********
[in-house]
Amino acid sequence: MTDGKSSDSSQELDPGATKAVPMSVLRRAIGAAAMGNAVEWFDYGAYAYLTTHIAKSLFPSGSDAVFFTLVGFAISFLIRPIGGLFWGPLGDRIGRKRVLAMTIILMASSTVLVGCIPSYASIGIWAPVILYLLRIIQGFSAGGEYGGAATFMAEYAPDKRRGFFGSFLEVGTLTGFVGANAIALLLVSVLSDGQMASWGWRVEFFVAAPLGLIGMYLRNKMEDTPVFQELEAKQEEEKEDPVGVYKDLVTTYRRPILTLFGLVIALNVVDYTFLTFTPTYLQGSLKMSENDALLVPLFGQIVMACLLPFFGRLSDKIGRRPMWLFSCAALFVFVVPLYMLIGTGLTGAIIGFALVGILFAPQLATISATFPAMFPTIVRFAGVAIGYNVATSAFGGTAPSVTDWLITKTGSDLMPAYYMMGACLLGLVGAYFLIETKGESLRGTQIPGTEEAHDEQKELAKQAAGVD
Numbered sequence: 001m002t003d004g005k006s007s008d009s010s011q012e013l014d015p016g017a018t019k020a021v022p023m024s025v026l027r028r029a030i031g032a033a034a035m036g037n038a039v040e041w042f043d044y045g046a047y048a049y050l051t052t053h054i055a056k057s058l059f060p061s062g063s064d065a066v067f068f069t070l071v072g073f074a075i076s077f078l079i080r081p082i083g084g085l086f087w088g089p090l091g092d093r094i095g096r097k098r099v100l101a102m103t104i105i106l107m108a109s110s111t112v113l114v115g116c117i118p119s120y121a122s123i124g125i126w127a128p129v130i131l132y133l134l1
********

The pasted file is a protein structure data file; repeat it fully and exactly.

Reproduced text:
[in-house]
Amino acid sequence: MTDGKSSDSSQELDPGATKAVPMSVLRRAIGAAAMGNAVEWFDYGAYAYLTTHIAKSLFPSGSDAVFFTLVGFAISFLIRPIGGLFWGPLGDRIGRKRVLAMTIILMASSTVLVGCIPSYASIGIWAPVILYLLRIIQGFSAGGEYGGAATFMAEYAPDKRRGFFGSFLEVGTLTGFVGANAIALLLVSVLSDGQMASWGWRVEFFVAAPLGLIGMYLRNKMEDTPVFQELEAKQEEEKEDPVGVYKDLVTTYRRPILTLFGLVIALNVVDYTFLTFTPTYLQGSLKMSENDALLVPLFGQIVMACLLPFFGRLSDKIGRRPMWLFSCAALFVFVVPLYMLIGTGLTGAIIGFALVGILFAPQLATISATFPAMFPTIVRFAGVAIGYNVATSAFGGTAPSVTDWLITKTGSDLMPAYYMMGACLLGLVGAYFLIETKGESLRGTQIPGTEEAHDEQKELAKQAAGVD
Numbered sequence: 001m002t003d004g005k006s007s008d009s010s011q012e013l014d015p016g017a018t019k020a021v022p023m024s025v026l027r028r029a030i031g032a033a034a035m036g037n038a039v040e041w042f043d044y045g046a047y048a049y050l051t052t053h054i055a056k057s058l059f060p061s062g063s064d065a066v067f068f069t070l071v072g073f074a075i076s077f078l079i080r081p082i083g084g085l086f087w088g089p090l091g092d093r094i095g096r097k098r099v100l101a102m103t104i105i106l107m108a109s110s111t112v113l114v115g116c117i118p119s120y121a122s123i124g125i126w127a128p129v130i131l132y133l134l1